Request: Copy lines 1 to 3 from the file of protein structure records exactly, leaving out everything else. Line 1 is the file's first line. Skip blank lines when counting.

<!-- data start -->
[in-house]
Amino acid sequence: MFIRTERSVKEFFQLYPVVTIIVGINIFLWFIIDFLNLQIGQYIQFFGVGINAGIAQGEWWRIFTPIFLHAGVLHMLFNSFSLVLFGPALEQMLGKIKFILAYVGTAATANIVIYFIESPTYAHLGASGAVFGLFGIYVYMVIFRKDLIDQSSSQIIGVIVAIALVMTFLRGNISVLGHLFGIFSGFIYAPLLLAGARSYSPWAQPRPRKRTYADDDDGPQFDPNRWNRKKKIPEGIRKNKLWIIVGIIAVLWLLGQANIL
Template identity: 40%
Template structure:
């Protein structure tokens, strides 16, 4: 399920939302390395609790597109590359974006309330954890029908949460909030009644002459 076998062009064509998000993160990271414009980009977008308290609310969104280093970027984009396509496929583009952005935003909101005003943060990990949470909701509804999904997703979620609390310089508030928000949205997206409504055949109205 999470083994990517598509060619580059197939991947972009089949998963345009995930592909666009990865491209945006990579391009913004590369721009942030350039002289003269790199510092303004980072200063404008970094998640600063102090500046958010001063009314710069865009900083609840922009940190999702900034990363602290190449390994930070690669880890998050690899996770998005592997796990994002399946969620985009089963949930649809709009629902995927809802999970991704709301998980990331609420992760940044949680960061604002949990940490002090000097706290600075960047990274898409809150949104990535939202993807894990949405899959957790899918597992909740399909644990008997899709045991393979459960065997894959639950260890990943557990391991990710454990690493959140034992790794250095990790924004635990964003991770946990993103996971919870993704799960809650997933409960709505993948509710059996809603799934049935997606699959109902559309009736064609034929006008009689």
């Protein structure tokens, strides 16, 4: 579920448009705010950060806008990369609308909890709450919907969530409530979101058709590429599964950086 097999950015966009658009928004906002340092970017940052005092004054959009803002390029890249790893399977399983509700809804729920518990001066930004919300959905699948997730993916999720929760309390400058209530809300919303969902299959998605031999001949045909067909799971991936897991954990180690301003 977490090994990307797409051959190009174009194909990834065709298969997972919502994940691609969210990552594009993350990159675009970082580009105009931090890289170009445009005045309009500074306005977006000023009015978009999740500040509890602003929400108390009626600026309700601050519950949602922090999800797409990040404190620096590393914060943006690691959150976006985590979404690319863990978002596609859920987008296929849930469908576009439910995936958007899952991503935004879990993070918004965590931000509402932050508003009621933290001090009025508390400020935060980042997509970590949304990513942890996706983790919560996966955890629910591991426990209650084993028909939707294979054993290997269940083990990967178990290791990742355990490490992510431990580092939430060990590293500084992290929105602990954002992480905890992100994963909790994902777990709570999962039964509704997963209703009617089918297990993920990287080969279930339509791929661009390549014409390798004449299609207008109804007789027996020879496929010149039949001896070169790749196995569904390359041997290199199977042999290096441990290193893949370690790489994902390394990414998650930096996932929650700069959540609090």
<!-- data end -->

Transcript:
[in-house]
Amino acid sequence: MFIRTERSVKEFFQLYPVVTIIVGINIFLWFIIDFLNLQIGQYIQFFGVGINAGIAQGEWWRIFTPIFLHAGVLHMLFNSFSLVLFGPALEQMLGKIKFILAYVGTAATANIVIYFIESPTYAHLGASGAVFGLFGIYVYMVIFRKDLIDQSSSQIIGVIVAIALVMTFLRGNISVLGHLFGIFSGFIYAPLLLAGARSYSPWAQPRPRKRTYADDDDGPQFDPNRWNRKKKIPEGIRKNKLWIIVGIIAVLWLLGQANIL
Template identity: 40%